VEGF-A Protects against RGC Death in an Ocular Hypertension Model

      The protective effect of VEGF-A was also explored in an in vivo model of experimental glaucoma, in which RGC death was induced by mechanically increasing IOP. In patients with ocular hypertensive glaucoma, elevated IOP caused by obstruction of aqueous outflow is a key risk factor in disease pathophysiological characteristics.
      • Sommer A.
      • Tielsch J.M.
      • Katz J.
      • Quigley H.A.
      • Gottsch J.D.
      • Javitt J.
      • Singh K.
      Relationship between intraocular pressure and primary open angle glaucoma among white and black Americans: the Baltimore Eye Survey.
      Animal models have been developed to mimic blockage of the trabecular meshwork, including use of magnetic microspheres drawn into the iridocorneal angle to reduce outflow.
      • Samsel P.A.
      • Kisiswa L.
      • Erichsen J.T.
      • Cross S.D.
      • Morgan J.E.
      A novel method for the induction of experimental glaucoma using magnetic microspheres.
      This model was used herein to validate the neuroprotective properties of VEGF-A in rats.
      Injection of magnetic beads into the anterior chamber triggered a significant and prolonged increase in IOP. The mean IOP averaged over the full length of the experiment for control, non–bead-injected eyes was 19.8 ± 0.6 mmHg, compared with 43.3 ± 3.3 mmHg for bead-injected eyes (P < 0.001) (Figure 5A). The peak IOP was 22.8 ± 0.6 mmHg for control eyes versus 55.2 ± 3.5 mmHg for bead-injected eyes (P < 0.001). Intravitreal injection of VEGF120 did not affect IOP in bead-injected eyes (Figure 5A); the mean and peak IOP levels were all similar for VEGF120- and vehicle-injected eyes.
      Figure thumbnail gr5
      Figure 5VEGF120 protects RGCs against apoptosis in experimental hypertensive glaucoma, with a corresponding increase in phospho-Akt. A: Bead injection triggers a significant increase in IOP, in both PBS- and VEGF120-bead–injected (B) compared with control, non–bead-injected (NB) rat eyes (P < 0.001, N = 10). B: VEGF mRNA remained at control levels in bead-injected eyes (N = 4). C: A significant increase in TUNEL-positive nuclei in the GCL was observed for bead-injected eyes with an increase in IOP, but not for bead-injected eyes in which pressure did not increase (N = 5 to 7). D: In PBS bead-injected eyes (B), apoptotic cell number increased 16-fold (N = 8) higher than control (NB), but was markedly reduced by 77% in eyes treated with 20 pmol VEGF120 (N = 8). Data are given as means ± SEM. E: VEGF120 also protected against optic nerve damage. Extensive damage was found to the optic nerve in histologically stained transverse sections from hypertensive eyes, as determined by TB staining of semithin nerve segment sections. Approximately 20-fold more degenerating axons were found in animals with a high IOP, from 0.6 ± 0.3 to 12.4 ± 2.8 axons per mm2 optic nerve. This was reduced by 63% to 4.6 ± 0.94 axons per mm2 optic nerve in eyes treated with intravitreal VEGF120 (E). Data are given as means ± SEM. *P < 0.05, **P < 0.01 (N = 3 to 5) (CE). F: Representative images of control (left panel), PBS bead-injected (middle panel), and VEGF120 bead-injected (right panel) retinas stained for DAPI (blue) and TUNEL (green), showing that VEGF120 treatment reduces TUNEL staining (arrows) to near-control levels. G: Representative images of optic nerve staining, showing, compared to controls, an increase in TB accumulation from control (left panel), in PBS bead-injected animals with a high IOP (middle panel), which was reduced with VEGF120 administration (right panel). Arrows denote degenerating axons. H: Representative images of whole-mount staining for phospho-Akt (pAkt; red). In control (left panel) eyes, pAkt was barely detectable within the GCL, indicating Akt is not constitutively phosphorylated in RGCs. This staining pattern was also observed in PBS bead-injected (middle panel) groups. However, in VEGF120 treated eyes (right panel), strong pAkt immunoreactivity was observed around Brn-3a (green) positive RGCs, and vessels stained with isolectin B4 (white). These images confirm VEGF120 stimulates pAkt signaling in correlation with its neuroprotective activity. Original magnification: ×20 (F); ×63 (G and H). Scale bars: 50 μm (F and G); 10 μm (H).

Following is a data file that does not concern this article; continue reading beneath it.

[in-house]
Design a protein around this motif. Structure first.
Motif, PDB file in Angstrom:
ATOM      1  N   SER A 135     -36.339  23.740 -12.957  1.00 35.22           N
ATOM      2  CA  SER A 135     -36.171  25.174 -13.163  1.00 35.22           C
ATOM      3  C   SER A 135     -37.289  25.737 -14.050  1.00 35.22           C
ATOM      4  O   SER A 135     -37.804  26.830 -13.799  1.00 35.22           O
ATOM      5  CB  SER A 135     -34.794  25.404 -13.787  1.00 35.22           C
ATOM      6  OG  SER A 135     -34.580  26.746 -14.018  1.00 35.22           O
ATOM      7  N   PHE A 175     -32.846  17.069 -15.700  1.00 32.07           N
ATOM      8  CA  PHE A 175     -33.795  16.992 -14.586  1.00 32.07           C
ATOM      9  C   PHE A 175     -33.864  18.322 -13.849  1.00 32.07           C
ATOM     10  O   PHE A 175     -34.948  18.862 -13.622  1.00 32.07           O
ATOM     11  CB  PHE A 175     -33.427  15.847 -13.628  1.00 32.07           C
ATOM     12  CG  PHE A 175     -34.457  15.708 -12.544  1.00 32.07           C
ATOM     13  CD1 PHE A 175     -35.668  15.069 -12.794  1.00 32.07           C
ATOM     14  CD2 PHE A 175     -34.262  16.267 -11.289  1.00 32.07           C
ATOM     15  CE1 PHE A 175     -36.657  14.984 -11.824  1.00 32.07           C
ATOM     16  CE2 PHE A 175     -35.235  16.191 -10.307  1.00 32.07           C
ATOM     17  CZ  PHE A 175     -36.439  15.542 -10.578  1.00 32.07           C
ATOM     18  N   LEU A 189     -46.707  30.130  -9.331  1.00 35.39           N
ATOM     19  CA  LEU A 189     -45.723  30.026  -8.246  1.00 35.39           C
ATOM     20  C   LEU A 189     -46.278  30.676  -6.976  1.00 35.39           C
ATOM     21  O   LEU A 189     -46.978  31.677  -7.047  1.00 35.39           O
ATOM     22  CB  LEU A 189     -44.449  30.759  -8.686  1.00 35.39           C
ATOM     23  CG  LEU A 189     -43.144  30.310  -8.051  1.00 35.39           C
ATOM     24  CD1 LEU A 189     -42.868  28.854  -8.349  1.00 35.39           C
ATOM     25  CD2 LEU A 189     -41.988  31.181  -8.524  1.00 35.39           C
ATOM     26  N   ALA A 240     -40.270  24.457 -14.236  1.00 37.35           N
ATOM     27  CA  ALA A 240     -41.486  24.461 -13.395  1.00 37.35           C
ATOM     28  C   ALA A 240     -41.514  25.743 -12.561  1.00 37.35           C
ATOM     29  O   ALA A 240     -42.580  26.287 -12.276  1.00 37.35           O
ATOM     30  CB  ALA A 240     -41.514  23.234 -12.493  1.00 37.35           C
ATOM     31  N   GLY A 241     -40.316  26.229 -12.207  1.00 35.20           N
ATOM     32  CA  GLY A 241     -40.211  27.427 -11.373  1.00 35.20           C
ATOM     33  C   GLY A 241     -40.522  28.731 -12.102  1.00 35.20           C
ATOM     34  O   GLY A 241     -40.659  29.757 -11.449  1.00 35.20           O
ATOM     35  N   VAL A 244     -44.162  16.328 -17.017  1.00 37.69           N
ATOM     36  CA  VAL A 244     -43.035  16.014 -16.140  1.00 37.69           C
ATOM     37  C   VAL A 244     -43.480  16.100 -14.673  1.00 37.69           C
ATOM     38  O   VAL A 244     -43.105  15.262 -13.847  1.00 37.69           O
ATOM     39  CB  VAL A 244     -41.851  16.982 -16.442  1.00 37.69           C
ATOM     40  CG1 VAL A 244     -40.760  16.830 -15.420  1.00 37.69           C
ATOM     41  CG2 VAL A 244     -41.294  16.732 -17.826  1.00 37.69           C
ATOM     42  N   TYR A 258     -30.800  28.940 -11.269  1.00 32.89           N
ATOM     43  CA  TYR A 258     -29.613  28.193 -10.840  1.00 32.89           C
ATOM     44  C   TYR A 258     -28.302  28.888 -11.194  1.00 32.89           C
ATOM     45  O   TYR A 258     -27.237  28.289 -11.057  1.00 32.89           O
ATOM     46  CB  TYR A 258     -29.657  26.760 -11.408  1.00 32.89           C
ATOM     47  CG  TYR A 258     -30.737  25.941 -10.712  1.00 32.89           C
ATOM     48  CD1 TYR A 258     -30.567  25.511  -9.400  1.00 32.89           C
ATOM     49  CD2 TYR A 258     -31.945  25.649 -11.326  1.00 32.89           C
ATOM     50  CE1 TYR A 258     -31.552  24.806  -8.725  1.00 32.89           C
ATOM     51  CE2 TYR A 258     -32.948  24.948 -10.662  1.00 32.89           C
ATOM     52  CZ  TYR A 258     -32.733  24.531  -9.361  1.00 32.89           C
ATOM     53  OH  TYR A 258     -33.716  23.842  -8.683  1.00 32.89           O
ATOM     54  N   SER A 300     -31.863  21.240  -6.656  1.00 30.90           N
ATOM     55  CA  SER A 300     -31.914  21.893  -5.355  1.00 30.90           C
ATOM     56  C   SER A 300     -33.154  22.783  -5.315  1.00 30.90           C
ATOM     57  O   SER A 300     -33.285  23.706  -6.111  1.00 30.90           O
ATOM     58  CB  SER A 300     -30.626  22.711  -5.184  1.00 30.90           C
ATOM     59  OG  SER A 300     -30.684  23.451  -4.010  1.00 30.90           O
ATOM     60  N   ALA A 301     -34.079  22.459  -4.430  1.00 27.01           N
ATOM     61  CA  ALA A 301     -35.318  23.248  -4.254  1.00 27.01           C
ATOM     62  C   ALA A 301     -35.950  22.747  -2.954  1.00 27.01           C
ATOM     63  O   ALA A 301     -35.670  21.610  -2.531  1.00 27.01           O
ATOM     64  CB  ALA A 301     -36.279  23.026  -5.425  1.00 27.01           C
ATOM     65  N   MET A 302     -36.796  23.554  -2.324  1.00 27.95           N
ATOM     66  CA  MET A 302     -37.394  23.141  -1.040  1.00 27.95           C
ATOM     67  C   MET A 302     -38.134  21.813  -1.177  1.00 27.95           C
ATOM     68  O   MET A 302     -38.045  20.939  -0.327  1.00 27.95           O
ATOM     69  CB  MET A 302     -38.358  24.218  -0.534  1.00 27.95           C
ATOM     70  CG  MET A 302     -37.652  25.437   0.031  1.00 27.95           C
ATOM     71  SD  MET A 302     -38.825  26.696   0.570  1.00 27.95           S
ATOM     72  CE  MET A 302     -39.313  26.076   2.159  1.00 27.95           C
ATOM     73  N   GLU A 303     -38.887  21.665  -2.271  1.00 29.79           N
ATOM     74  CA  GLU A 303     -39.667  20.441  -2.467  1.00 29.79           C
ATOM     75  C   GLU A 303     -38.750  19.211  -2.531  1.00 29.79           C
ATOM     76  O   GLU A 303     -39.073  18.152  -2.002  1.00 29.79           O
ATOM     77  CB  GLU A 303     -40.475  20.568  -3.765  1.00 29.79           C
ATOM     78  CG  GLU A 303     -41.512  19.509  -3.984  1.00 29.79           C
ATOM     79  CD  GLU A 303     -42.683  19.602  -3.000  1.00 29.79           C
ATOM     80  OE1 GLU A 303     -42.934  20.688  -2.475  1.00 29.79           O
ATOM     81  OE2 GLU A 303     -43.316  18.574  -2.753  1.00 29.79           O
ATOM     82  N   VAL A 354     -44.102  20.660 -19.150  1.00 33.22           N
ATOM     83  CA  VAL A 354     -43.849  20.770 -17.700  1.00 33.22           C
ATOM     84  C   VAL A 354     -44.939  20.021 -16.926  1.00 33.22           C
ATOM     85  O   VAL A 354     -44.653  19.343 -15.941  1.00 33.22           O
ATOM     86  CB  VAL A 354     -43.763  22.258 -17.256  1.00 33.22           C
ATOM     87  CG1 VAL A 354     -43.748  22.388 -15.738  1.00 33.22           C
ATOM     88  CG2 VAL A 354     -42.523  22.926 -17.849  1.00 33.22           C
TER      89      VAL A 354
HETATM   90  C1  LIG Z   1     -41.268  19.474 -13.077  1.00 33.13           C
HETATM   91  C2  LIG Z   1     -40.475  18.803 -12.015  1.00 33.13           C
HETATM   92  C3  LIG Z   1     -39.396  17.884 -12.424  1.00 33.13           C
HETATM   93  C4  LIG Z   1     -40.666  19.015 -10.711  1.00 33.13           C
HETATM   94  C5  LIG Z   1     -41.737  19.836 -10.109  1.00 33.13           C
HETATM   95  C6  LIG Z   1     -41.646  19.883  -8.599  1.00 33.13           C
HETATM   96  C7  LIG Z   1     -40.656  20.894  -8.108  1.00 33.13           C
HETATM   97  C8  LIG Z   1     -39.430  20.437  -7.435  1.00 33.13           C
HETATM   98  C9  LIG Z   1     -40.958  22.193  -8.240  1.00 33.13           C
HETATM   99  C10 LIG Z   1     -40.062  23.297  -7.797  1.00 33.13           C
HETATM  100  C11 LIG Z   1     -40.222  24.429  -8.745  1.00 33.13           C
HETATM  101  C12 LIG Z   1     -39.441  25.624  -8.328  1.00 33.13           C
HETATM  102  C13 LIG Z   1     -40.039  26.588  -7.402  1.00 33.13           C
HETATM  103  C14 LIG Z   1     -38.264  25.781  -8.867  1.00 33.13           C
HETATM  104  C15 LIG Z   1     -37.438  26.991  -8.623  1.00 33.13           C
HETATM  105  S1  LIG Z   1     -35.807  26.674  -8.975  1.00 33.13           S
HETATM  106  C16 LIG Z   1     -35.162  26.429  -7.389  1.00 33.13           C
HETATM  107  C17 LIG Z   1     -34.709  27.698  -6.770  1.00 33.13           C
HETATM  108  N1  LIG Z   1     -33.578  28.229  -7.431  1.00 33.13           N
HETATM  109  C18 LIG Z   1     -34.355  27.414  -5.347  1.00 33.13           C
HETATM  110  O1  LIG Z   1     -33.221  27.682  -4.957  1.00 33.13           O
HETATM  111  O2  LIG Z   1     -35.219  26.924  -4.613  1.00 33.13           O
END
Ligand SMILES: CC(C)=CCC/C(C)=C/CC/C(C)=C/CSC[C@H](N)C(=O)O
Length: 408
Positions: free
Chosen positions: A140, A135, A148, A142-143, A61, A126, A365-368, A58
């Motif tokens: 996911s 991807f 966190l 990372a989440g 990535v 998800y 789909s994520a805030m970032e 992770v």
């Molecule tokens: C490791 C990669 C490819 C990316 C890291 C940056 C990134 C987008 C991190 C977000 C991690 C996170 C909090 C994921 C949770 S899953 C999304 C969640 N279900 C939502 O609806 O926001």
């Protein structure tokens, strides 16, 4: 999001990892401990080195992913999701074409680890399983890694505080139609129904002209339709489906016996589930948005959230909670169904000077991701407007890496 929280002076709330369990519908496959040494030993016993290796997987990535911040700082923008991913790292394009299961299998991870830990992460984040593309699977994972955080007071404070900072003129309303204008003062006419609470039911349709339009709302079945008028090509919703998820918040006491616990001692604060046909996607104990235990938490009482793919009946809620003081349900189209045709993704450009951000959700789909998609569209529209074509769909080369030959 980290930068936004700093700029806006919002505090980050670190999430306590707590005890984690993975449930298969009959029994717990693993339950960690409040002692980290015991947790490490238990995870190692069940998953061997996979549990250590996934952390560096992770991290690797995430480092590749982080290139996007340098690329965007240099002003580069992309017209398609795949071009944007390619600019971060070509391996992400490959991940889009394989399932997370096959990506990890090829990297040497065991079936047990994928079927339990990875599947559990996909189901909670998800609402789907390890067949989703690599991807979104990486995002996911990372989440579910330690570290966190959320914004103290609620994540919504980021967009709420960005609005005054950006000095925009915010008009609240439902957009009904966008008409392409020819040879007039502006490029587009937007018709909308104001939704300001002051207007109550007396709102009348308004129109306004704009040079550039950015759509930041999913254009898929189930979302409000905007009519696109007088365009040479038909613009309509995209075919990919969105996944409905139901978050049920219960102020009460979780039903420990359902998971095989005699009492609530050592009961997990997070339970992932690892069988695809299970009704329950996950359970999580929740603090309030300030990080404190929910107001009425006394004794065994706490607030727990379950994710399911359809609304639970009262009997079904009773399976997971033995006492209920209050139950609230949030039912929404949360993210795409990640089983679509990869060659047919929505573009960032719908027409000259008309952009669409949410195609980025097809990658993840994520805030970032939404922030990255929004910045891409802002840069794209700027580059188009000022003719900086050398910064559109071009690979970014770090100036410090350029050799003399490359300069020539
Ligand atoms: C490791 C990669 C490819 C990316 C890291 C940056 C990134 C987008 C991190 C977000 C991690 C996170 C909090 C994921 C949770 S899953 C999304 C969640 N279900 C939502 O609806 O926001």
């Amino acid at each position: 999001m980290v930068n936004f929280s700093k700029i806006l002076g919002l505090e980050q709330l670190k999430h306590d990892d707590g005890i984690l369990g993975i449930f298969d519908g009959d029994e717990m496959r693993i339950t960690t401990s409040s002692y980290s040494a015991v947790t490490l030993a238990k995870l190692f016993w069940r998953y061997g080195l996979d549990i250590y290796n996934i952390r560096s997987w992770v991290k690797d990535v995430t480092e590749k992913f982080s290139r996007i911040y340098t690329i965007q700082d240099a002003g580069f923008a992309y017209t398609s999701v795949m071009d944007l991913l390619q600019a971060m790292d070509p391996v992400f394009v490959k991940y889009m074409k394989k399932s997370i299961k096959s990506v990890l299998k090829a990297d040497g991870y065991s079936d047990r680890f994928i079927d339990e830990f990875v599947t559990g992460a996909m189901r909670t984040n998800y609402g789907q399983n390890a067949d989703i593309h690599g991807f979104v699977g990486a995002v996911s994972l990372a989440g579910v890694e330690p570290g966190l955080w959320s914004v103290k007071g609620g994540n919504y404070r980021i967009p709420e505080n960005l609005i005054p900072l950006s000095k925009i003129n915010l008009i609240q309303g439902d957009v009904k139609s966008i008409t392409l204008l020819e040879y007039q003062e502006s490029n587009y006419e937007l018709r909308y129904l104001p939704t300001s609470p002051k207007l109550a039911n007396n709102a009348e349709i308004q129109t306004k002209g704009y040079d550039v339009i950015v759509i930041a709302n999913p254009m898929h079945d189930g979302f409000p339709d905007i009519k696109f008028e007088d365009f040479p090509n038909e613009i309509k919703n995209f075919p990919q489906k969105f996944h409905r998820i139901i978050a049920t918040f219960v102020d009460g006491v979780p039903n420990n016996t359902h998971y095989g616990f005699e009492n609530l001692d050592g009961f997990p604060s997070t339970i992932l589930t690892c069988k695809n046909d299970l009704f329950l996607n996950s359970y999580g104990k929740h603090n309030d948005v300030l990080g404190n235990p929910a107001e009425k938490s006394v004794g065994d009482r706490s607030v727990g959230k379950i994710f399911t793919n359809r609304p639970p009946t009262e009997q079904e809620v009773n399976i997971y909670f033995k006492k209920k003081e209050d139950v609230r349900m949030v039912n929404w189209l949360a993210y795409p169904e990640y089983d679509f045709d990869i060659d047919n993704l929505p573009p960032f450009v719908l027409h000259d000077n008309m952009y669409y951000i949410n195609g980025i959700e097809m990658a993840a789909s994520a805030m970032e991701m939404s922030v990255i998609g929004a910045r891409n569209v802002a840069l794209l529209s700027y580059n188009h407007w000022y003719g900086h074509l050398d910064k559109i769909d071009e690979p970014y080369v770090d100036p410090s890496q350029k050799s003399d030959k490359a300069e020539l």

To investigate if expression of endogenous VEGF-A and its receptors was altered after IOP elevation, retinas were analyzed by real-time qPCR. No change in mRNA levels for VEGF-A (Figure 5B), VEGFR-2, or VEGFR-1 (Supplemental Figure S4) was detected between control and retinas from hypertensive eyes.